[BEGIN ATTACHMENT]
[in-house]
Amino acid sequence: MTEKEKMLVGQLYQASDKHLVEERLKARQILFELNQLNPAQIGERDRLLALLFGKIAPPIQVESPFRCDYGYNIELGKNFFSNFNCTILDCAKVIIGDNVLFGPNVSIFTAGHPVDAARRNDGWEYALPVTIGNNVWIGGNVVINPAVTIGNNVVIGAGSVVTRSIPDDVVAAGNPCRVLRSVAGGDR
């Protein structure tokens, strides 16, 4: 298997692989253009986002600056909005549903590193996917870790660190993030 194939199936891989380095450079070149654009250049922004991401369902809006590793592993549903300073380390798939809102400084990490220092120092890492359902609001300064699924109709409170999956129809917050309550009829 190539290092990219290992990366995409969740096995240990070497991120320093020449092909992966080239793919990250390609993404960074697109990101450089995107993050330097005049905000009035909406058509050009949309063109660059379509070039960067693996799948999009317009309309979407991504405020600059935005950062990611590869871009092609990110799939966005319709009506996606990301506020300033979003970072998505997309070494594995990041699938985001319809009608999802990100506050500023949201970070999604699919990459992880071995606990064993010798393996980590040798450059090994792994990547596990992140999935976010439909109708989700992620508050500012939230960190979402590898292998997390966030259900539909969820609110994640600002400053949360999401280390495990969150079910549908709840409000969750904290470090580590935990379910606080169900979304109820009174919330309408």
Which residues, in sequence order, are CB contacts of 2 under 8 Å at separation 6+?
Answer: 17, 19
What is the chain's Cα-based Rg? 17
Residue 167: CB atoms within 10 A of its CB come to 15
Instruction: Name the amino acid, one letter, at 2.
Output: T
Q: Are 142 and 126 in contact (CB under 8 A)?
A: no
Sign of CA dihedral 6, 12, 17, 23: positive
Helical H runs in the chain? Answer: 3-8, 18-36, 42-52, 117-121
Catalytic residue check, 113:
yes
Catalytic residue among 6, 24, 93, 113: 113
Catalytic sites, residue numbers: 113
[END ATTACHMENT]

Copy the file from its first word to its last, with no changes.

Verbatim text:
[in-house]
Amino acid sequence: MTEKEKMLVGQLYQASDKHLVEERLKARQILFELNQLNPAQIGERDRLLALLFGKIAPPIQVESPFRCDYGYNIELGKNFFSNFNCTILDCAKVIIGDNVLFGPNVSIFTAGHPVDAARRNDGWEYALPVTIGNNVWIGGNVVINPAVTIGNNVVIGAGSVVTRSIPDDVVAAGNPCRVLRSVAGGDR
């Protein structure tokens, strides 16, 4: 298997692989253009986002600056909005549903590193996917870790660190993030 194939199936891989380095450079070149654009250049922004991401369902809006590793592993549903300073380390798939809102400084990490220092120092890492359902609001300064699924109709409170999956129809917050309550009829 190539290092990219290992990366995409969740096995240990070497991120320093020449092909992966080239793919990250390609993404960074697109990101450089995107993050330097005049905000009035909406058509050009949309063109660059379509070039960067693996799948999009317009309309979407991504405020600059935005950062990611590869871009092609990110799939966005319709009506996606990301506020300033979003970072998505997309070494594995990041699938985001319809009608999802990100506050500023949201970070999604699919990459992880071995606990064993010798393996980590040798450059090994792994990547596990992140999935976010439909109708989700992620508050500012939230960190979402590898292998997390966030259900539909969820609110994640600002400053949360999401280390495990969150079910549908709840409000969750904290470090580590935990379910606080169900979304109820009174919330309408």
Which residues, in sequence order, are CB contacts of 2 under 8 Å at separation 6+?
Answer: 17, 19
What is the chain's Cα-based Rg? 17
Residue 167: CB atoms within 10 A of its CB come to 15
Instruction: Name the amino acid, one letter, at 2.
Output: T
Q: Are 142 and 126 in contact (CB under 8 A)?
A: no
Sign of CA dihedral 6, 12, 17, 23: positive
Helical H runs in the chain? Answer: 3-8, 18-36, 42-52, 117-121
Catalytic residue check, 113:
yes
Catalytic residue among 6, 24, 93, 113: 113
Catalytic sites, residue numbers: 113